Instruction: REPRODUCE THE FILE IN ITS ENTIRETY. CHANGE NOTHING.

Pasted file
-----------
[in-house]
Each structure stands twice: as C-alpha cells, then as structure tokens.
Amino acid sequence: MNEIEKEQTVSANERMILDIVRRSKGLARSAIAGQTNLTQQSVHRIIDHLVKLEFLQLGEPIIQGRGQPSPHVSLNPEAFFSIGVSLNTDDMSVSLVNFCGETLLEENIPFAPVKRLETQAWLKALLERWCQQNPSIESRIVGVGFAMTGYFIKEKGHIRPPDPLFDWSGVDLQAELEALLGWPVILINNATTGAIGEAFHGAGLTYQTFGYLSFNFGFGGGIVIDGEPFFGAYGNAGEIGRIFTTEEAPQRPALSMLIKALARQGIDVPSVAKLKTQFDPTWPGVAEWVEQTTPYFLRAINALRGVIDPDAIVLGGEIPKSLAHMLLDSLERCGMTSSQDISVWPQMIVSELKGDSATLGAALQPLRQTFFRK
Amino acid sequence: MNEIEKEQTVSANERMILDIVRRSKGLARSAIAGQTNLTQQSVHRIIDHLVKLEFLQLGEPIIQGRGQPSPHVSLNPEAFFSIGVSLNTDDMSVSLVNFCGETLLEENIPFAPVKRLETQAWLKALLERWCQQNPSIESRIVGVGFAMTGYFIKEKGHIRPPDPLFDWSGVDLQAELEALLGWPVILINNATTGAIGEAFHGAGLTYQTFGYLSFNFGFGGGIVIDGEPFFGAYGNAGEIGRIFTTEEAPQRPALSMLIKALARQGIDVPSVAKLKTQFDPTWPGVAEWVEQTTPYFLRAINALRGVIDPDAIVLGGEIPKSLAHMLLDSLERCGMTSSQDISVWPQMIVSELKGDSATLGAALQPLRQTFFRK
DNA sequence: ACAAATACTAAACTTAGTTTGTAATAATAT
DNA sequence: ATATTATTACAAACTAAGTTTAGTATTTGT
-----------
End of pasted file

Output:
[in-house]
Each structure stands twice: as C-alpha cells, then as structure tokens.
Amino acid sequence: MNEIEKEQTVSANERMILDIVRRSKGLARSAIAGQTNLTQQSVHRIIDHLVKLEFLQLGEPIIQGRGQPSPHVSLNPEAFFSIGVSLNTDDMSVSLVNFCGETLLEENIPFAPVKRLETQAWLKALLERWCQQNPSIESRIVGVGFAMTGYFIKEKGHIRPPDPLFDWSGVDLQAELEALLGWPVILINNATTGAIGEAFHGAGLTYQTFGYLSFNFGFGGGIVIDGEPFFGAYGNAGEIGRIFTTEEAPQRPALSMLIKALARQGIDVPSVAKLKTQFDPTWPGVAEWVEQTTPYFLRAINALRGVIDPDAIVLGGEIPKSLAHMLLDSLERCGMTSSQDISVWPQMIVSELKGDSATLGAALQPLRQTFFRK
Amino acid sequence: MNEIEKEQTVSANERMILDIVRRSKGLARSAIAGQTNLTQQSVHRIIDHLVKLEFLQLGEPIIQGRGQPSPHVSLNPEAFFSIGVSLNTDDMSVSLVNFCGETLLEENIPFAPVKRLETQAWLKALLERWCQQNPSIESRIVGVGFAMTGYFIKEKGHIRPPDPLFDWSGVDLQAELEALLGWPVILINNATTGAIGEAFHGAGLTYQTFGYLSFNFGFGGGIVIDGEPFFGAYGNAGEIGRIFTTEEAPQRPALSMLIKALARQGIDVPSVAKLKTQFDPTWPGVAEWVEQTTPYFLRAINALRGVIDPDAIVLGGEIPKSLAHMLLDSLERCGMTSSQDISVWPQMIVSELKGDSATLGAALQPLRQTFFRK
DNA sequence: ACAAATACTAAACTTAGTTTGTAATAATAT
DNA sequence: ATATTATTACAAACTAAGTTTAGTATTTGT